Pierre de Préaux

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Pierre de Préaux
Lord of the Isles 1200-1203
Bailiff of Jersey 1201?


Capitulation of the city of Rouen, signed by Pierre de Préaux in 1204

Pierre de Préaux is known to have been Lord of the Isles in about 1200-1203, just before Jersey split from Normandy in 1204. A document from 1201 shows him as Ballivus, which is the first recorded use of the Latin equivalent of Bailiff in relation to the Channel Islands. He is not, however, generally recognised as the island's first Bailiff, a role which does not emerge until much later in the 13th century.

Pierre de Preaux, who died in 1212, was a Norman knight in the service of the early kings of England. Osbert, Pierre's father, was a minor Norman baron in the neighborhood of Rouen, the capital of Normandy. He held the tower and ville of Preaux as well as land at Darnétal. Osbert also owned a scattering of manors in England.

Second son

Pierre, as the second son of the sire de Preaux, had few prospects for a landed estate. He, along with his brothers Jean, Guillaume, and Engleraw were part of the royal household from a very early age. Pierre would serve in succession, Henry II, Richard, and King John. Pierre and Guillaume were known throughout the tournament circuit of the day as fierce warriors and competent knights.

Third Crusade

Pierre and Guillaume accompanied Richard I on the Third Crusade in 1190. Pierre was assigned the dignity of royal standard-bearer over the hereditary standard-bearer of England, Robert Trussebut. Pierre and Guillaume were known to be with the King at Vezelay, Marseille, Sicily, the conquest of Cyprus, the Siege of Acre, the Battle of Arsuf, the march to Jaffa, the advance on Jerusalem, Darum, and the Battle of Jaffa.

Asleep on duty

After the truce had been established between Richard and Saladin, Pierre was assigned an important mission with other household knights. The crusading host had been permitted by the Muslims to complete the pilgrimage to Jerusalem. Pierre and his band were sent ahead of the first battalion to obtain safe conducts. According to the chronicle of the crusade attributed to Geoffrey of Vinsauf, Pierre fell asleep at one of the villages where he was to meet a Saracen embassy. The crusaders charged ahead without receiving their safe conducts. When Pierre and company woke, they realized that they were already behind the Christian host. Pierre made all haste to catch up. He was then reprimanded by the column's commander, the king's cousin, André de Chauvigny.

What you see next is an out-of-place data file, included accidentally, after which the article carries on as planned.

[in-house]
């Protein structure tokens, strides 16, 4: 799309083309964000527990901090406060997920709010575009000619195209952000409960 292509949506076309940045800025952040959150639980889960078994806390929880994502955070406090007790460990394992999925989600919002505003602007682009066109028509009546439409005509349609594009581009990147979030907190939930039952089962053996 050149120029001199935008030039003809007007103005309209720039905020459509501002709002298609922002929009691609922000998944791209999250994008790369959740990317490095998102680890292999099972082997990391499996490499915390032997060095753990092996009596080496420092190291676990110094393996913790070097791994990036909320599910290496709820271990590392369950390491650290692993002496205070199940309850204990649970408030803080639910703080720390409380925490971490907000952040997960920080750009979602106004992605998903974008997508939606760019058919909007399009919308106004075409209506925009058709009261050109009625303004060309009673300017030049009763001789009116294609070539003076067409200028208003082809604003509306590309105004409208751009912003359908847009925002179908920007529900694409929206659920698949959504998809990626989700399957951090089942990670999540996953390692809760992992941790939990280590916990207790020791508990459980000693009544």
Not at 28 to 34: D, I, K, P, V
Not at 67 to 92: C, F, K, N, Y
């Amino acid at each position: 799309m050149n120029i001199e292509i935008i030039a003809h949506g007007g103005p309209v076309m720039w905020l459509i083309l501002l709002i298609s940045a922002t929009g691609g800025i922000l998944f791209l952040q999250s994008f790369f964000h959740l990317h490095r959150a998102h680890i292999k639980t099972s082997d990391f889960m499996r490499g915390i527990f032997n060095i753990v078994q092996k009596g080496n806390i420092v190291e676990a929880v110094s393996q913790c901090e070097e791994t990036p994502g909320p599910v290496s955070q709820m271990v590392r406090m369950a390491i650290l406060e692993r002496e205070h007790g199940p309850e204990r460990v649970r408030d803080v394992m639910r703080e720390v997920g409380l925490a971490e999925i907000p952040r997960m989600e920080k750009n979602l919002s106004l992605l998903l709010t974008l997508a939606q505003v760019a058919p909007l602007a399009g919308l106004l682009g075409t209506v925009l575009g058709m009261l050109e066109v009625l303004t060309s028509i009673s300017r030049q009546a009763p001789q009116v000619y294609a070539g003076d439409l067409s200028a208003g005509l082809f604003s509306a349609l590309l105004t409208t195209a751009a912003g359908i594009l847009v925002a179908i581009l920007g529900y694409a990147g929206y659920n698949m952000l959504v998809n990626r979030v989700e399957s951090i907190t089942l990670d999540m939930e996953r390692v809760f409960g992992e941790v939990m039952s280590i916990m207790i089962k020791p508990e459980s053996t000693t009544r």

King Richard's last act before departing for Europe was to ransom Pierre's brother, Guillaume. He had been captured by Saladin's forces a year earlier while personally keeping the King from being captured. Pierre and Guillaume returned to Normandy in late 1192.

French service

Pierre served King Richard throughout his wars against Philip II of France, 1194-1199. During the last years of Angevin rule in Normandy 1202-1204, King John made both Pierre and Guillaume important territorial military governors in Normandy. Pierre had responsibility for the Channel Islands and Guillaume was made bailiff of the Oximin.

Channel Islands

Pierre de Préaux was appointed Seigneur des Iles by a Charter of King John on 14 January 1200, renewed on 21 June of the same year. For this he owed the King the service of three Knights. It was a temporary appointment, with the king retaining the right to replace de Préaux while providing for him otherwise.

Two orders issued by the King to de Préaux on 12 November 1201 and 13 August 1202 survive, as well as a Charter of de Préaux of 1203 by which he gave the Ecrehous to the Abbey of Val Richer to establish a priory. In one of the 1201 documents de Préaux is referred to as Ballivus, which is the first recorded use of the Latin equivalent of Bailiff in relation to the Channel Islands. He is not, however, generally recognised as the island's first Bailiff, a role which does not emerge until later in the 13th century.

Pierre de Préaux's seal of office is in the French National Archive

Rouen surrenders

By December of 1203, King John left an already invaded Normandy, never to return. Jean de Préeux sided at this point with Philip of France. King John had left Pierre in charge of the defence of Rouen. His force included Henri d'Estouteville, Robert d'Esneval, Richard de Villequier, Thomas de Pavilly, Peter de Hotot and many knights of Jean, who did not follow their lord into his treason against King John.

By spring of 1204, Rouen was surrounded by the forces of the King of France. Normandy had been lost. Pierre, in agreement with the leading men of the city, surrendered to Philip of France and then sailed to England.

After Normandy

Some reports say that he fell out with his king, others that he was well received. He was granted some of the land of his brother Jean as Terra Normanorum. In addition, Pierre was married to Mary de Redvers, daughter of the Earl of Devon and the Isle of Wight. He retired to a quiet life on his new English estates and probably had no further connection with the Channel Islands, where he was replaced as Warden by Hasculf du Suligny. It is believed that he died sometime in the year 1212.

In a charter of 18 March 1216 King John gave various land to Guillaume de Préaux (possibly Pierre's son) and promised, if this gift could not be fulfilled, to give him the Channel Islands "vel reddere eidem insulas de Geresye, faciendo inde nobis servicium ad predictas insulas pertinens". This promise of the islands seems to have come to nothing.

Notes and references

Bailiffs of Jersey
Predecessor Successor
Pierre de Préaux
abt 1201
Drouet de Barentin
Abt 1258

Lord of the Isles
Predecessor Successor
King John
Pierre de Préaux
Henri de Trubleville
1230–1232, 1234-1239
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